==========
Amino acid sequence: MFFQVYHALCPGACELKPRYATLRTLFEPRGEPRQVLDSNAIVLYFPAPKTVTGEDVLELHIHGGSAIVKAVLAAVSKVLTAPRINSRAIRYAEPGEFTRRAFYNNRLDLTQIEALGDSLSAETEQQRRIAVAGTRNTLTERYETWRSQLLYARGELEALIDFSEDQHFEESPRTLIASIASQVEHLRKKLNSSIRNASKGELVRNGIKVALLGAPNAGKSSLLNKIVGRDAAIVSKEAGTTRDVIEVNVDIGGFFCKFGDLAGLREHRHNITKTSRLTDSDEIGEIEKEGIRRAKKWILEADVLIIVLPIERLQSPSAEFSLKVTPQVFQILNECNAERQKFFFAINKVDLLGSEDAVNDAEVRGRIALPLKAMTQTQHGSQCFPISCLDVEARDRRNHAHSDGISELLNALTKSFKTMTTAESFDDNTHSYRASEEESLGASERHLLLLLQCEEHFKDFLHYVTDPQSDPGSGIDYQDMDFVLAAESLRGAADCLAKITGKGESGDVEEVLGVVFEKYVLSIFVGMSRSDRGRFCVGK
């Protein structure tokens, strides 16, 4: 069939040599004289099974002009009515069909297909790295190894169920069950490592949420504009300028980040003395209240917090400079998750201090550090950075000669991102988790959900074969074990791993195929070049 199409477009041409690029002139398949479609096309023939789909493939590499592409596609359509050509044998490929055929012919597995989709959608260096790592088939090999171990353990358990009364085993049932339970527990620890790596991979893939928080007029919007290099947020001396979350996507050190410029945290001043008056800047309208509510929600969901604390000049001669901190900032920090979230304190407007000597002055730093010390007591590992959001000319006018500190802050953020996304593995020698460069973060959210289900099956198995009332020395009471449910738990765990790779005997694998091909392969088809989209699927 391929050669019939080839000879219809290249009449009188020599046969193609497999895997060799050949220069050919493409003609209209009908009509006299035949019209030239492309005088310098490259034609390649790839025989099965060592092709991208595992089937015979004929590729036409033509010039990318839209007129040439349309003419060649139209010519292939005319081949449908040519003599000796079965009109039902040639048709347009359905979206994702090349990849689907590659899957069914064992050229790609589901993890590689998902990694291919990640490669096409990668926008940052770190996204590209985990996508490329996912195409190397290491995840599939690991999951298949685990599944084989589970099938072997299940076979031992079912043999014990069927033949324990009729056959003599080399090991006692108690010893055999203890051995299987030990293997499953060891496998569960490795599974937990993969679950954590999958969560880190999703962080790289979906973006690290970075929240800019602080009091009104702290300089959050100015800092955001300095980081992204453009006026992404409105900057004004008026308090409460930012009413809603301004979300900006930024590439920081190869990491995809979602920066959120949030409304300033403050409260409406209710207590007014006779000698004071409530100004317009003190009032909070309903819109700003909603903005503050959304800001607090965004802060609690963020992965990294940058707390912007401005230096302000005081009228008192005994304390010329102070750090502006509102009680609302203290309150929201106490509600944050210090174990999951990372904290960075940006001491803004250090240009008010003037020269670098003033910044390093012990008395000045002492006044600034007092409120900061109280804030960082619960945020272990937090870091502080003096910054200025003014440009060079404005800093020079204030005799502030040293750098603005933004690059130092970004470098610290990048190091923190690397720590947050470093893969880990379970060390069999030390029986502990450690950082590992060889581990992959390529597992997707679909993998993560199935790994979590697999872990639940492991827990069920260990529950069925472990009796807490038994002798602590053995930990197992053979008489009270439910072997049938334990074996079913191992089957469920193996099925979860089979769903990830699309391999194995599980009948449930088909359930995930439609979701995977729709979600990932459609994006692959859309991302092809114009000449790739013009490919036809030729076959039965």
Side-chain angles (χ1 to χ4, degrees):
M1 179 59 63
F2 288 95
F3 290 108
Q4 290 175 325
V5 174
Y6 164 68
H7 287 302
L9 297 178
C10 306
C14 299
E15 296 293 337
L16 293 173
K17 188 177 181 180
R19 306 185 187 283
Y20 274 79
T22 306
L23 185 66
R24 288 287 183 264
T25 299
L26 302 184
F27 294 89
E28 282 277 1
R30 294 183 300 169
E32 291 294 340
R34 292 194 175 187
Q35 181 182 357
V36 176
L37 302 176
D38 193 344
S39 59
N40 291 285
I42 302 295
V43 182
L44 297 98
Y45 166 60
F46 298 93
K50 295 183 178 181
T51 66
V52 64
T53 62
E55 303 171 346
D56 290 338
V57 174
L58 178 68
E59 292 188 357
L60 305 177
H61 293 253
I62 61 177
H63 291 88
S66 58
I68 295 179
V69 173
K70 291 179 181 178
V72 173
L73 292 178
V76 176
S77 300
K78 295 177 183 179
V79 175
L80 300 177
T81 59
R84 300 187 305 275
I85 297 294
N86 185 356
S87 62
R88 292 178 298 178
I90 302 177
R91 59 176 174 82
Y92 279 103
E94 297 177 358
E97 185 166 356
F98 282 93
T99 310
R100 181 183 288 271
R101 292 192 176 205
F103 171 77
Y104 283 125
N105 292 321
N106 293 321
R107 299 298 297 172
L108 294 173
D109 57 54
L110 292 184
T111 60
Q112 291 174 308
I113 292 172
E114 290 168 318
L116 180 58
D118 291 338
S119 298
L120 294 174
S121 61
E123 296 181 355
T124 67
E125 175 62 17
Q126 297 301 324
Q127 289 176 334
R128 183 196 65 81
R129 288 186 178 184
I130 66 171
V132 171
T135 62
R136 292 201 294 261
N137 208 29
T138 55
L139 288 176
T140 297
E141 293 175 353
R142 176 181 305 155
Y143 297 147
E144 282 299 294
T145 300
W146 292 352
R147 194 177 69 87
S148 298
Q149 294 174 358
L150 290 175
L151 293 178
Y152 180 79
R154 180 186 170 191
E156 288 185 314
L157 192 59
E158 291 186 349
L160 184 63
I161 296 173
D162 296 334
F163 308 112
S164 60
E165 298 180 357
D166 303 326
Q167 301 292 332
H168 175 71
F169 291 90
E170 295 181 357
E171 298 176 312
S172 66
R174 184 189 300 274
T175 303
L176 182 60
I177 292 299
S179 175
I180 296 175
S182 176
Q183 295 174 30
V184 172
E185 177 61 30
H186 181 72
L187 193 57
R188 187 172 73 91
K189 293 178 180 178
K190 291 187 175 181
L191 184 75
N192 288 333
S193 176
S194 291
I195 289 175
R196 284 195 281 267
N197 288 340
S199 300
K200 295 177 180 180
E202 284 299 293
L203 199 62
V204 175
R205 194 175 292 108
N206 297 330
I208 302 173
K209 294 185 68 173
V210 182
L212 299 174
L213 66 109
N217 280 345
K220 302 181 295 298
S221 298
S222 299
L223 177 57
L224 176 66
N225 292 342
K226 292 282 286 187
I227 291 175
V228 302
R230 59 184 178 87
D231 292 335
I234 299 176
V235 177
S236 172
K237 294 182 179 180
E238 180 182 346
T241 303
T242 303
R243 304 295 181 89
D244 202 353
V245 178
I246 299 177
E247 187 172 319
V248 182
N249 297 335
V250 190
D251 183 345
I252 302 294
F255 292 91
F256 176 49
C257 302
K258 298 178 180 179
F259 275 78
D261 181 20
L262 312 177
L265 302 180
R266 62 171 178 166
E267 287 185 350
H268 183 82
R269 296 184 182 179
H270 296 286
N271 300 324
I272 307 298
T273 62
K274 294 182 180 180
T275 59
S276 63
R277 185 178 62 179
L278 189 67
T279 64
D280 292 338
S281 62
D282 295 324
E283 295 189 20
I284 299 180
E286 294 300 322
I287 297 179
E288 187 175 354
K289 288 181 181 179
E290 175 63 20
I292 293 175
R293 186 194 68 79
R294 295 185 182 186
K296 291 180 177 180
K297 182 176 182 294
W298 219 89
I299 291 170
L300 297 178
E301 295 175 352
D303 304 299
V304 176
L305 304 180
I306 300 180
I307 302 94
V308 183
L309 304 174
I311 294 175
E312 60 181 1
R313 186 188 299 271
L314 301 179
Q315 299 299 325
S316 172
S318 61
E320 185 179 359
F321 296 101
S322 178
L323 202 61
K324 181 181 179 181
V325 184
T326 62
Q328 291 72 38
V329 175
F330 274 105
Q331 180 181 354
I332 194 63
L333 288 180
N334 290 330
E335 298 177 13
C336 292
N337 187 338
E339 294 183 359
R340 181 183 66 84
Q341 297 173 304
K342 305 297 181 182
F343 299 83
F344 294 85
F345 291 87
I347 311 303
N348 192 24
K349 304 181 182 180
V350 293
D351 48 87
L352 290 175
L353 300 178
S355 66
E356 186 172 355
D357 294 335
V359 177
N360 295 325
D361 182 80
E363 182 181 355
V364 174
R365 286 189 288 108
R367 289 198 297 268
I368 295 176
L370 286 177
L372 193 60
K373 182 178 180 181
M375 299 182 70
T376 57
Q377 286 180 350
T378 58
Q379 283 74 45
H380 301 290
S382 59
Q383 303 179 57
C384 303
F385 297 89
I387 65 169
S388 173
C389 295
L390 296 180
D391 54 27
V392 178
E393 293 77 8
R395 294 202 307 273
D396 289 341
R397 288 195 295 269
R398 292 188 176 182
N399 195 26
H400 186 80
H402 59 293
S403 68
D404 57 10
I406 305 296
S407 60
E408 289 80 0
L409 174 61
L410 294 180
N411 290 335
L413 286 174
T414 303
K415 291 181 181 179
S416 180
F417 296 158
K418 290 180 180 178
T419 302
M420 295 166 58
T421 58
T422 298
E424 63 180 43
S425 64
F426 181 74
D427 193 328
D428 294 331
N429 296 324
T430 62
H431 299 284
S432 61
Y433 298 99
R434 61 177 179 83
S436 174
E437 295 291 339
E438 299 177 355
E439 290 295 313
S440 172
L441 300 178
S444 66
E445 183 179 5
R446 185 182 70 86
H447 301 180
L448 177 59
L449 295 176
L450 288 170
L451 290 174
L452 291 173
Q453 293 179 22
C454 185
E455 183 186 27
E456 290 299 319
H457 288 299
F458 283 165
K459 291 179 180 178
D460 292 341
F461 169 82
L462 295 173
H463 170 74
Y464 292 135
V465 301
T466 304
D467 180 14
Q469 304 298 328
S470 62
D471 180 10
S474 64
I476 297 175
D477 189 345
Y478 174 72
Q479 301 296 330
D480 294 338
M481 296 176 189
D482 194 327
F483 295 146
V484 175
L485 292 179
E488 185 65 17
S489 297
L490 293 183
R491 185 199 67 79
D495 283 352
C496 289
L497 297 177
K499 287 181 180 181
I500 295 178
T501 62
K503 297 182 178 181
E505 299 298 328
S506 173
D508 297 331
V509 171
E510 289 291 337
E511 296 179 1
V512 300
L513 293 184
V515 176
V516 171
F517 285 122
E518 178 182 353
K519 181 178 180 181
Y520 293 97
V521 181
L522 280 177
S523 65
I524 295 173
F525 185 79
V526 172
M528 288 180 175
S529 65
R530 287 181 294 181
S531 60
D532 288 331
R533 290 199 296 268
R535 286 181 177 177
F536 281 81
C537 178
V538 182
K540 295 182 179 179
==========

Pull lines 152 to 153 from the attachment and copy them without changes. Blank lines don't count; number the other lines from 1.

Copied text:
R188 187 172 73 91
K189 293 178 180 178